Death Knell of the Confederacy: Chickamauga and Chattanooga National Military Park

When the Civil War raged throughout the Union and Confederate lands from 1861 to 1865, it ranged to Tennessee, from the fields of Shiloh to the town of 5,545 citizens at the time of the Great Rebellion along the bend of the Tennessee River, Chattanooga, and into the state just south, at Chickamauga.

Now interpreted at the national battlefield park that bears both names, the battles of Chickamauga and Chattanooga, it almost seems fitting to twin these two names, the second of which stems from the first battle of Chattanooga when the branch of the Cherokee Indians, known as the Chickamaugua were moved west in the Trail of Tears from the area only two decades before.

Chickamauga and Chattanooga National Military Park, at the Chickamauga section of the park. © Rex Vogel, all rights reserved

Chickamauga and Chattanooga National Military Park, at the Chickamauga section of the park. © Rex Vogel, all rights reserved

The oldest and largest of America’s Civil War military parks, Chickamauga and Chattanooga encompasses land in north Georgia and south Tennessee.

In the fall of 1863, with the outcome of the Civil War still in doubt, more than 150,000 Union and Confederate soldiers fought in a series of battles on the fields of this park. These battles were remembered as some of the hardest fighting of the war.

The Union campaign began in June and didn’t end until late November. When the battles were done, the Union had seized Chattanooga, and with it a gateway into the deep South. Chattanooga was a major railway center, and the following spring Sherman used it as his launching-pad to begin his march to Atlanta and the sea.

During the Civil War, Chattanooga was considered to be an attractive area for its railroads and location, earning the title of the “Gateway of the Deep South.” In 1843, battles broke out in various areas in Chickamauga and Chattanooga with both the Union and Confederate troops experiencing victories and losses.

Climb the Wilder Brigade Monument for a view of the battlefield. © Rex Vogel, all rights reserved

Climb the Wilder Brigade Monument for a view of the battlefield. © Rex Vogel, all rights reserved

The park is headquartered at Chickamauga, Georgia, about 9 miles south of downtown Chattanooga. We were impressed by the preservation of the national park and appreciated the amount of information available to visitors, both laid throughout the park and within the visitors center, home to several museum exhibits about the Civil War and campaign for Chickamauga. Also, inside the visitor center is an Eastern National Park bookstore, and the Fuller Gun Collection, an impressive collection of military muskets and rifles from the colonial era through the early 20th century.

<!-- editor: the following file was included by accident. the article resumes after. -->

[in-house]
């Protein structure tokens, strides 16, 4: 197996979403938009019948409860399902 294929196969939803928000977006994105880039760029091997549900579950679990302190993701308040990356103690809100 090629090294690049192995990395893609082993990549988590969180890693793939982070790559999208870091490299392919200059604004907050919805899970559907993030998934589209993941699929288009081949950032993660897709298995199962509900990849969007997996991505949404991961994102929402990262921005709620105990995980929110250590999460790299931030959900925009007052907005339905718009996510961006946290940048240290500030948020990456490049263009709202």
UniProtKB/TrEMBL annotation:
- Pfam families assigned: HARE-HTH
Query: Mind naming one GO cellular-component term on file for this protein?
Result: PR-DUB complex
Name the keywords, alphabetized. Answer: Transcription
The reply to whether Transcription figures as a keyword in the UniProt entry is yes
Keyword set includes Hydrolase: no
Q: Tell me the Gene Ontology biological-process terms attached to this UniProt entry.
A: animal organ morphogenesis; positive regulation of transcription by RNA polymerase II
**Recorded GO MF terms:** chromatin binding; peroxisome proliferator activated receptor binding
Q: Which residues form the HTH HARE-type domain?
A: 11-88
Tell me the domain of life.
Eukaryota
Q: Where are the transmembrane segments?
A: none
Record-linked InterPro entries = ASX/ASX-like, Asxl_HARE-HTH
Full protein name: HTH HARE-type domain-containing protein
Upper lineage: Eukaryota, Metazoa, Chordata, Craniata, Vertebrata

Chickamauga and Chattanooga National Military Park Visitor Center exhibit details troop movement of the Union and Confederate forces. © Rex Vogel, all rights reserved

Chickamauga and Chattanooga National Military Park Visitor Center exhibit details troop movement of the Union and Confederate forces. © Rex Vogel, all rights reserved

Throughout the seven-mile auto tour we saw monuments and memorials honoring those who fought there. We also noticed tablets, blue for Union and red for Confederate, that describe the soldier’s actions; they date from around 1890 when the U.S. Congress authorized Chickamauga and Chattanooga National Military Park, the first such park in the United States.

You’ll walk where Confederate and Union soldiers fought in the bloodiest two-day battle of the war on September 19-20, 1863.

In September 1863 the Union Army of the Cumberland was routed and the Battle of Chickamauga was over. In its wake were a broken Union army and 35,000 men killed, wounded, missing, and captured.

The victorious Confederates controlled the field, and soon followed the Union Army to Chattanooga. Over the next two months Confederate forces besieged the trapped Union army. In November 1863 the Union Army, reinforced by Generals Ulysses S. Grant, William Sherman, and Joseph Hooker, defeated the Confederates at Orchard Knob, Lookout Mountain, and Missionary Ridge.

The Union army may have lost the Battle of Chickamauga, but they won control of Chattanooga and drove the Confederates south into Georgia opening the war for union operations into the Deep South. As one Confederate soldier ominously wrote after the Battles of  Chickamauga and Chattanooga, “This is the death-knell of the Confederacy.”

Explore events of September 1863 at the Chickamauga and Chattanooga National Military Park Visitor Center. © Rex Vogel, all rights reserved

Explore events of September 1863 at the Chickamauga and Chattanooga National Military Park Visitor Center. © Rex Vogel, all rights reserved

This Park was the first Military Park of its kind. In 1888, former members of the Cumberland Army General H. V. Boynton and Ferdinand Van Derveer revisited the area, and were impressed to protect and commemorate the memory of the area. Two years later, this Park was established, and became the largest of the first four military parks, the others being Shiloh, Gettysburg, and Vicksburg.

The Chickamauga section of the park is free.

Where to Stay: Holiday Travel Park of Chattanooga, Chattanooga, Tennessee

Fuller Gun Collection at the Chickamauga and Chattanooga National Military Park Visitor Center. © Rex Vogel, all rights reserved

Fuller Gun Collection at the Chickamauga and Chattanooga National Military Park Visitor Center. © Rex Vogel, all rights reserved

Worth Pondering…

Traveling is almost like talking with men of other centuries.

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